Lights went out in the tunnel and we were jumped… you couldn’t even see who was punching who, remembers Troy Deeney

THERE was something very old school about that brawl in the tunnel after Manchester City’s Champions League quarter-final against Atletico Madrid.

And it was impressive to see an old pro like Scott Carson in the thick of it all, ‘offering out’ an Atletico defender.

Tempers flared between Manchester City and Atletico Madrid on WednesdayCredit: Getty

At least one Atleti player appeared to spit at the City group

At least one Atleti player appeared to spit at the City groupCredit: Twitter

Troy Deney enjoyed seeing the aggro - and was reminded of his own scraps

Troy Deney enjoyed seeing the aggro – and was reminded of his own scrapsCredit: The Sun

Scott, like me, will be able to remember the days when a bundle in the tunnel was far more commonplace than it is now.

And I think it said a lot about City’s togetherness that their third-choice keeper, who knows he is never likely to play, is so fully involved with getting stuck in on behalf of his team-mates.

It made me suspect that they might go on and win the Treble, with that sort of team spirit.

Atletico looked like a team who knew City had better players than them and had set out to try to bully them.

Gallagher 'really upset' with himself over now-deleted death threat to Savic
Free bets - Get £30 football bonus when you stake £10 with Sky Bet special

It looked quite cowardly the way Diego Simeone’s men targeted smaller players like Phil Foden rather than some of the bigger lads.

And while I’m no ‘Mr Squeaky Clean’, I have certainly never spat at an opponent as at least one Atletico player appeared to do.

But on and off the pitch, City showed they are no pushovers.

Especially when you’re away from the prying eyes of cameras, plenty can go on in the tunnel — before and after matches.

To be honest, I found Pep Guardiola’s team more intimidating in the tunnel than any other opponent.

It’s not because they are aggressive — nothing like Roy Keane and Patrick Vieira trying to psych each other out before those classic Manchester United v Arsenal clashes.

That sort of stuff doesn’t bother me.

You line up in the tunnel against Burnley, and they’re all at least 6ft 2in and big units and they’re yelling out: “Let’s ’ave it”… and I’m fine with that.

I never thought I was going to have a nice, cosy afternoon gliding past Ben Mee anyway.

But when you line up against someone like Kevin De Bruyne and before the match he’s smiling, totally chilled — “Hello Troy, how are the kids?”… now that is intimidating.

The guy’s about to metaphorically go to war with you and he’s whistling a happy tune because he’s basically saying: “I’m so good at football that I’m not even going to break sweat against you.”

It’s the same with Liverpool, City’s opponents in the FA Cup semi-final at Wembley today.

I can remember Sadio Mane smiling at me in the tunnel, telling me to look after Ismaila Sarr, my Watford team-mate, who plays for Senegal with Mane.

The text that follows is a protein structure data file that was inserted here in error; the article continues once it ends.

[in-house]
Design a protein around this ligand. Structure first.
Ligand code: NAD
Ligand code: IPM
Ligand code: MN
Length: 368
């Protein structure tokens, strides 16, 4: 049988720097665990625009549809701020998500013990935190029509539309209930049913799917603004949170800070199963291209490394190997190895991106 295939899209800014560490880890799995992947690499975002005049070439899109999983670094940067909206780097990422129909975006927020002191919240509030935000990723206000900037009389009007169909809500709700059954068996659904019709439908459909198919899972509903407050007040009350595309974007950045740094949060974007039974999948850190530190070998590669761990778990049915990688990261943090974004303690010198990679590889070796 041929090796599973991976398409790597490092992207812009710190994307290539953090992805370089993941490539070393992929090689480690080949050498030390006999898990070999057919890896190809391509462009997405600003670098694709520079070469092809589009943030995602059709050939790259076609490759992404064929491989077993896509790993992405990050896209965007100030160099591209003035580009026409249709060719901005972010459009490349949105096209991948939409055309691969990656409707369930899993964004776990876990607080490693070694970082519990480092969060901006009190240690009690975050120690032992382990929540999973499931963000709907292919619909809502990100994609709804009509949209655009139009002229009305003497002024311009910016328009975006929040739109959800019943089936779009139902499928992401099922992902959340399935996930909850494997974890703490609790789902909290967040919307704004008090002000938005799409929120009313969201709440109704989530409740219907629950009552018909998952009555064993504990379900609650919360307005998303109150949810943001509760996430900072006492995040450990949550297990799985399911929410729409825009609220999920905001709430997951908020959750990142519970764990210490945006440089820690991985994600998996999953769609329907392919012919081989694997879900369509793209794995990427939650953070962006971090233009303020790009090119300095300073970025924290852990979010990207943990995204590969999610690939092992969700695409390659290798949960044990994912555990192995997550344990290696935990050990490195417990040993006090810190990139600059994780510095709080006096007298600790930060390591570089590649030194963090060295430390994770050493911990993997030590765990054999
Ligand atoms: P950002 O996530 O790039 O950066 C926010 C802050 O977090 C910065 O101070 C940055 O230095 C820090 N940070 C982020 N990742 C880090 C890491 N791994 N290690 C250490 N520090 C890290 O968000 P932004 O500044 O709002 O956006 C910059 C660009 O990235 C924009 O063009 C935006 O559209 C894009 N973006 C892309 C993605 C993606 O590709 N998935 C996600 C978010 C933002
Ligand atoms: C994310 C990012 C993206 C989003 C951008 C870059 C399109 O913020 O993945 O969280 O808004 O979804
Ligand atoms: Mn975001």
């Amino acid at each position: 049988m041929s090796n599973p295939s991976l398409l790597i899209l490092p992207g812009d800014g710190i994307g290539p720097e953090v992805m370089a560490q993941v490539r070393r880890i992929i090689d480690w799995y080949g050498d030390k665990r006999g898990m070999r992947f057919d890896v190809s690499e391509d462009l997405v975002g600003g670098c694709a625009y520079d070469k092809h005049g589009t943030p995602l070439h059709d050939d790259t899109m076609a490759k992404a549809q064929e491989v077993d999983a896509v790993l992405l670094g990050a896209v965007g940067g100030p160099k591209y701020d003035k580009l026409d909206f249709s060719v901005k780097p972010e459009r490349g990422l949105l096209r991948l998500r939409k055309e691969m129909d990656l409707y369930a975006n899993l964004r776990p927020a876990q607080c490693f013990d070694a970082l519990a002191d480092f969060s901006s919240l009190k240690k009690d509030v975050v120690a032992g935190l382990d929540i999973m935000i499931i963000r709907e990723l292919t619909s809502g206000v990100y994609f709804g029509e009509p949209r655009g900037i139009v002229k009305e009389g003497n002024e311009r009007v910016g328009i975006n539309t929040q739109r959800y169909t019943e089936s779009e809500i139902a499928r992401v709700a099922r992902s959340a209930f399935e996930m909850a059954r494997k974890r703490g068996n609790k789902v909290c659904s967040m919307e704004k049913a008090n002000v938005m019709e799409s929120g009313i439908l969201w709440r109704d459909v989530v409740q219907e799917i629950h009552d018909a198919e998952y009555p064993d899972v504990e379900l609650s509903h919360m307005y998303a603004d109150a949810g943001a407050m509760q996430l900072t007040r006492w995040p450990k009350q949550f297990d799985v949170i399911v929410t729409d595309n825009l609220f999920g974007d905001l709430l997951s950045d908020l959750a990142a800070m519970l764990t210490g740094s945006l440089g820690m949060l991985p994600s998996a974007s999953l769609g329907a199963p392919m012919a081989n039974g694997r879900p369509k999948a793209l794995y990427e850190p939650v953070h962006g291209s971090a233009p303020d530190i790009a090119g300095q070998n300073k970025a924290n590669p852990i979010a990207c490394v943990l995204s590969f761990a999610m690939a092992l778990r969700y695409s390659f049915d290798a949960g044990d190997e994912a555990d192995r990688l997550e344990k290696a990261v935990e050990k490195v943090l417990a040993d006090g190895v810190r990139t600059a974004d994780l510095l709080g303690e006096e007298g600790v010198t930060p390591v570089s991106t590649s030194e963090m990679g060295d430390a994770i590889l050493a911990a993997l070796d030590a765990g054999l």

He was saying what a good boy Sarr is, and seemingly totally blase about the actual match.

That is far more unsettling than an opponent roaring at me or trying to make themselves look physically imposing.

In terms of post-match scraps, I can remember a couple of full-on incidents in my Watford days.

Kevin de Bruyne and Sadio Mane are happy to chat casually in the tunnel

Kevin de Bruyne and Sadio Mane are happy to chat casually in the tunnelCredit: AFP

Deeney had to play peacemaker after a bust-up with Blackpool

Deeney had to play peacemaker after a bust-up with BlackpoolCredit: Action Images – Reuters

When Paul Ince was managing Blackpool, they nicked a late winner against us.

Ince had played for Inter Milan and spoke Italian — or at least he knew the swear words — and he’d apparently said something offensive to a couple of our Italian lads in their native tongue.

It all kicked off and fists were flying. I actually played peacemaker.

It’s about the only interaction I’ve ever had with Ince — who was a great England captain —  and I was telling him: “It’s like this, is it? Really? Or are we going to try to be grown-ups instead?”

The worst one I remember came when one of my team-mates made a bad tackle on an opponent who’d just come back from a year out injured.

We were winning comfortably, so it was probably an unnecessary challenge, and I could sense how angry the other side were.

De Bruyne and his City mates are more likely to wind you up by being so infuriatingly cool

Troy Deeney

I knew the team-mate in question was physical on the pitch but wouldn’t have fancied any aggro off the pitch and so, as captain, I made a point of trying to physically shield him as he went off.

The old tunnel at Vicarage Road was very tight and we had to walk past the away dressing room to get to our own.

On this occasion, someone turned the light out in the tunnel and we were jumped on in the dark.

There were about 20 blokes involved and that scrap was quite nasty.

It was pretty much pitch black, so you couldn’t tell who was throwing punches against who!

That sort of thing was pretty common when I started out at Walsall but there aren’t so many of those sort of characters in the game who are keen to get physical.

Harry & Meghan seen together in Europe for first time since Megxit
Ukrainians take on much bigger Russian tank & WIN as Vlad loses 20k troops

There aren’t really any modern equivalents of Keane, Vieira, Duncan Ferguson or Danny Mills.

Instead, like De Bruyne and his City mates, they’re more likely to wind you up by being so infuriatingly cool.


Leave a Reply

Your email address will not be published.

Related Posts